These pies were a good bit smaller than my stone so they didn't brown around the edges as larger pizzas normally do.

    On another note, I am still using the Pampered Chef pizza stone that everyone told me would crack if I used it on the egg.  Three plus years of use and still going strong.  I like it because it is relatively thin and reheats quickly between pies.  The key to keeping it in one piece is avoiding thermal shock by preheating in the oven then I move it to the egg while wearing welding gloves.
    Jackson, Tennessee. VFL (Vol for Life)
  • GrannyX4GrannyX4 Posts: 1,476
    Chubbs

    I have baked many loves of bread - one right after the other and when I switch to a new bag of flour it might
    take a little more or less flour. The trick is finding the texture you like and then tweak the dough.

    Hogahoglic,

    Great looking pizza.

    For 2012 I am going to learn to post just as soon as I learn to cook. ;;)
    Every day is a bonus day and every meal is a banquet in Winter Springs, Fl !
  • I use parchment paper too, but I leave mine on for the whole cook.  Works for me.
    __________________________________________

    Dripping Springs, Texas.
    Just west of Austintatious


  • Thanks Granny

    VI - Leaving the parchment paper obviously doesn't leave an "off" taste?  I watch it turn brown around the edges after just a couple minutes and I'm thinking that if I leave it on there any longer it might catch fire.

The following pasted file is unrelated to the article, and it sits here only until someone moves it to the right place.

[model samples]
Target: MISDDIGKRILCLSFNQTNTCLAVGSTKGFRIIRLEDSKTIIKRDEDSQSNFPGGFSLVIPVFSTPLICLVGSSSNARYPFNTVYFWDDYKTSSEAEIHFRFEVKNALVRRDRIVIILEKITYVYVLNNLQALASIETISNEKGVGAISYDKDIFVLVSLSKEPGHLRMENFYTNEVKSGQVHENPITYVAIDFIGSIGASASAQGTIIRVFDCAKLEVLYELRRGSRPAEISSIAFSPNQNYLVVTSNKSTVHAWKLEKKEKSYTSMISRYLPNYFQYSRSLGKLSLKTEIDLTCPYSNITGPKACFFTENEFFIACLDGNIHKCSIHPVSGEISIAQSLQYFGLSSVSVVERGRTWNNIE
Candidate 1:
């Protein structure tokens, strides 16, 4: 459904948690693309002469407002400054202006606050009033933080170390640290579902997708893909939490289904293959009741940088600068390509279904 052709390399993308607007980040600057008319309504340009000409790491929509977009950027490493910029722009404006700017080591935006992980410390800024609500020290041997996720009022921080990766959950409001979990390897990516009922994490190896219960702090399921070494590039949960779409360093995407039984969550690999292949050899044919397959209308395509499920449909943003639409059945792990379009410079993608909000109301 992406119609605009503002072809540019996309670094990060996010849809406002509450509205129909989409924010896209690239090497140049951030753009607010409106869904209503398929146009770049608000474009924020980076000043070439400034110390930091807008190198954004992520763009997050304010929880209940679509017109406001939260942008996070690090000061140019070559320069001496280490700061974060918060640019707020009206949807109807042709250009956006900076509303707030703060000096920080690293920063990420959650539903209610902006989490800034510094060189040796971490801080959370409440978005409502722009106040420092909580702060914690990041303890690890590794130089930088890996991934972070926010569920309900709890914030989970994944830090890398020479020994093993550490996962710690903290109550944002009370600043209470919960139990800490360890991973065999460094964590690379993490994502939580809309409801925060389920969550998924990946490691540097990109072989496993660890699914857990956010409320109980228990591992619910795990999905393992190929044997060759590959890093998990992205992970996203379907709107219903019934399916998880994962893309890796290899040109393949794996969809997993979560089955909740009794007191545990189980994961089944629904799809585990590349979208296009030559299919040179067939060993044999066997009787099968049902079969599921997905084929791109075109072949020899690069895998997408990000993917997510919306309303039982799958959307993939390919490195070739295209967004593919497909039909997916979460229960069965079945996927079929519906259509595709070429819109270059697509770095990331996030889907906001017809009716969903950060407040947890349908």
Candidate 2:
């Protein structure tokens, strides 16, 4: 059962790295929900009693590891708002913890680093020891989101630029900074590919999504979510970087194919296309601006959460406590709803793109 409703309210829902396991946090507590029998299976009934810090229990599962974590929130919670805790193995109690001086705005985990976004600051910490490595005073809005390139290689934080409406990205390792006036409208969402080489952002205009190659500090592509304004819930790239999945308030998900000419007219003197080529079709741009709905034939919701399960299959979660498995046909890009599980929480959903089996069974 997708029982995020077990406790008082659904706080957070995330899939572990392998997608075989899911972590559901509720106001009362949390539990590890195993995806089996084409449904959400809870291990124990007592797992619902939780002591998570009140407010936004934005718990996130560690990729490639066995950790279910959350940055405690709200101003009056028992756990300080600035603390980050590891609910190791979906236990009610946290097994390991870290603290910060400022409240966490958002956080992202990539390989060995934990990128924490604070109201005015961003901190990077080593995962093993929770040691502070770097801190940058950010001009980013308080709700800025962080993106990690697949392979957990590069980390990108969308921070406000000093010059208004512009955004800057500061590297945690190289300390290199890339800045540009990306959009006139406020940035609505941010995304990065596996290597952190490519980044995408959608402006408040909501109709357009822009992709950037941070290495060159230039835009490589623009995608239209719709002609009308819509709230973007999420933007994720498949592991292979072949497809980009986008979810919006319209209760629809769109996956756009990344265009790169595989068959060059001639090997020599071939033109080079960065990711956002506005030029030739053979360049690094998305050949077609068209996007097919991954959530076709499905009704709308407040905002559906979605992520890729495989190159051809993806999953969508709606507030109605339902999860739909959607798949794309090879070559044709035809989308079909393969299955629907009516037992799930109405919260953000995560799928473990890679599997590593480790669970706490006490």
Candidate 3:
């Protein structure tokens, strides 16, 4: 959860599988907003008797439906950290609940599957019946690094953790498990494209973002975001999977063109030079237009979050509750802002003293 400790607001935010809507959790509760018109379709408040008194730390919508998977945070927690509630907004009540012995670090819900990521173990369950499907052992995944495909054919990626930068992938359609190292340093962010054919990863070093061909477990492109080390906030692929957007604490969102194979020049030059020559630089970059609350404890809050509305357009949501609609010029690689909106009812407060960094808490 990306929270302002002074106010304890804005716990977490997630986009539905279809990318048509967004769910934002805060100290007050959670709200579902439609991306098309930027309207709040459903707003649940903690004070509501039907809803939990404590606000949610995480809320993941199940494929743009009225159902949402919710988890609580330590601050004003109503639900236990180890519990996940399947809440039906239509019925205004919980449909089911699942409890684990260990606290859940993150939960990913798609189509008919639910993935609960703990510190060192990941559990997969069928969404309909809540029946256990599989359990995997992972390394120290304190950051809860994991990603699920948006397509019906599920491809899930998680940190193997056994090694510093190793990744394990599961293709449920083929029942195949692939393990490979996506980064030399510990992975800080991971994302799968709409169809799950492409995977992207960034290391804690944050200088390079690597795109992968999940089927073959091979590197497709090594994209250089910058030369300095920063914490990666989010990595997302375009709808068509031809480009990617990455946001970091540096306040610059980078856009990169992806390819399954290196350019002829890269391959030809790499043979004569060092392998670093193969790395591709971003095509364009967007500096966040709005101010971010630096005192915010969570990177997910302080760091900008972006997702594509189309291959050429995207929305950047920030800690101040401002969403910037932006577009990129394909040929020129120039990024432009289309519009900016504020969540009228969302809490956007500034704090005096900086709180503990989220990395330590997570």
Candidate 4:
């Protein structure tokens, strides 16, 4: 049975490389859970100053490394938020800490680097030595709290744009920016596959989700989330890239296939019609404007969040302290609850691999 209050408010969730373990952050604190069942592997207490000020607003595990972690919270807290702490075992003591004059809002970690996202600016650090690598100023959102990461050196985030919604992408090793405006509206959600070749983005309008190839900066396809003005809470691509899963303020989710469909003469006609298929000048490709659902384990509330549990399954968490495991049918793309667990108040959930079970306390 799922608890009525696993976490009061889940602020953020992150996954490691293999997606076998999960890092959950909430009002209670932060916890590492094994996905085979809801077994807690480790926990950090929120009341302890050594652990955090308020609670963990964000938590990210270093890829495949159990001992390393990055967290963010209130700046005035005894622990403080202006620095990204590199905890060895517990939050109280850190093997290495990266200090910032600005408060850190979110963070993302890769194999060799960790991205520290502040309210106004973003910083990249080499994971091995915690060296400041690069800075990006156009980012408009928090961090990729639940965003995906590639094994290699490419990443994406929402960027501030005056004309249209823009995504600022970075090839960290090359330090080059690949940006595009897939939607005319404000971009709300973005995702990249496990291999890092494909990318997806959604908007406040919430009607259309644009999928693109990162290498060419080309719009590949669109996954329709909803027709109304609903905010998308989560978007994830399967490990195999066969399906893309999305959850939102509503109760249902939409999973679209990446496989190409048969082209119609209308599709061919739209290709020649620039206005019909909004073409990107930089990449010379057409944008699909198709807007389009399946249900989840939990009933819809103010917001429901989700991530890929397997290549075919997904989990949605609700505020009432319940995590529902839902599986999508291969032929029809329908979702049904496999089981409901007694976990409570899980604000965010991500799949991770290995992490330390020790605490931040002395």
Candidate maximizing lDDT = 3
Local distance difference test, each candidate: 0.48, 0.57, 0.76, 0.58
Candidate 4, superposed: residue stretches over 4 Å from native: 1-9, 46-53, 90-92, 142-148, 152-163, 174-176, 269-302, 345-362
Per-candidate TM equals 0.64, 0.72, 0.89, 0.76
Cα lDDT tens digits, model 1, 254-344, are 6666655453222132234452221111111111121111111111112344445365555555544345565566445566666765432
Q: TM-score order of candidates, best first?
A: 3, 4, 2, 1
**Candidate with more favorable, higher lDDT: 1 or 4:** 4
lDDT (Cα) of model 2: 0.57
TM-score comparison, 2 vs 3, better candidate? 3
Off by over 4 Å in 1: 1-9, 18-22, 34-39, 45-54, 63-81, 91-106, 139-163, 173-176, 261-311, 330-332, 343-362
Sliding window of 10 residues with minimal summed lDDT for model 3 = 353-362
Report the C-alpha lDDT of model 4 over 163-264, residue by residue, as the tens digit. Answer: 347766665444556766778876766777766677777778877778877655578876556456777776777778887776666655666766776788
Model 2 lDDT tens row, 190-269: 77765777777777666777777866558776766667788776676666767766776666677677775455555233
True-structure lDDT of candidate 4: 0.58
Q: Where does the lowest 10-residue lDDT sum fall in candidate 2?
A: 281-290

Jackson, Tennessee. VFL (Vol for Life)
  • Hog,

    The parchment that's outside the pizza does tend to burn, especially if it hangs over the edges, but not the parchment under the pizza.  So, I don't get any burnt taste on mine.

    Here's the pics from last month when I was experimenting with using egg roll wrappers for a crust.  You can see the burnt paper outside the pizza and the stone, but the cruse wasn't affected.
    image

    image
    __________________________________________

    Dripping Springs, Texas.
    Just west of Austintatious


  • Jer_invaJer_inva Posts: 109
    I'm with VI in that I keep my parchment paper on till I pull the pizza. One less opening the lid and messing with the pizza as it cooks.  Jer
  • hogaholichogaholic Posts: 225
    edited February 2012
    Thanks VI and jerinva. Good to know that. I never stop learning something new here!
    Jackson, Tennessee. VFL (Vol for Life)
  • Hogaholic how many sheets of egg roll wrappers are you using, looks like a couple per pizza. Did you put anything between them to keep them together. That thin crust looks awesome. We have a Pizza House that has super thin crust and we just love it.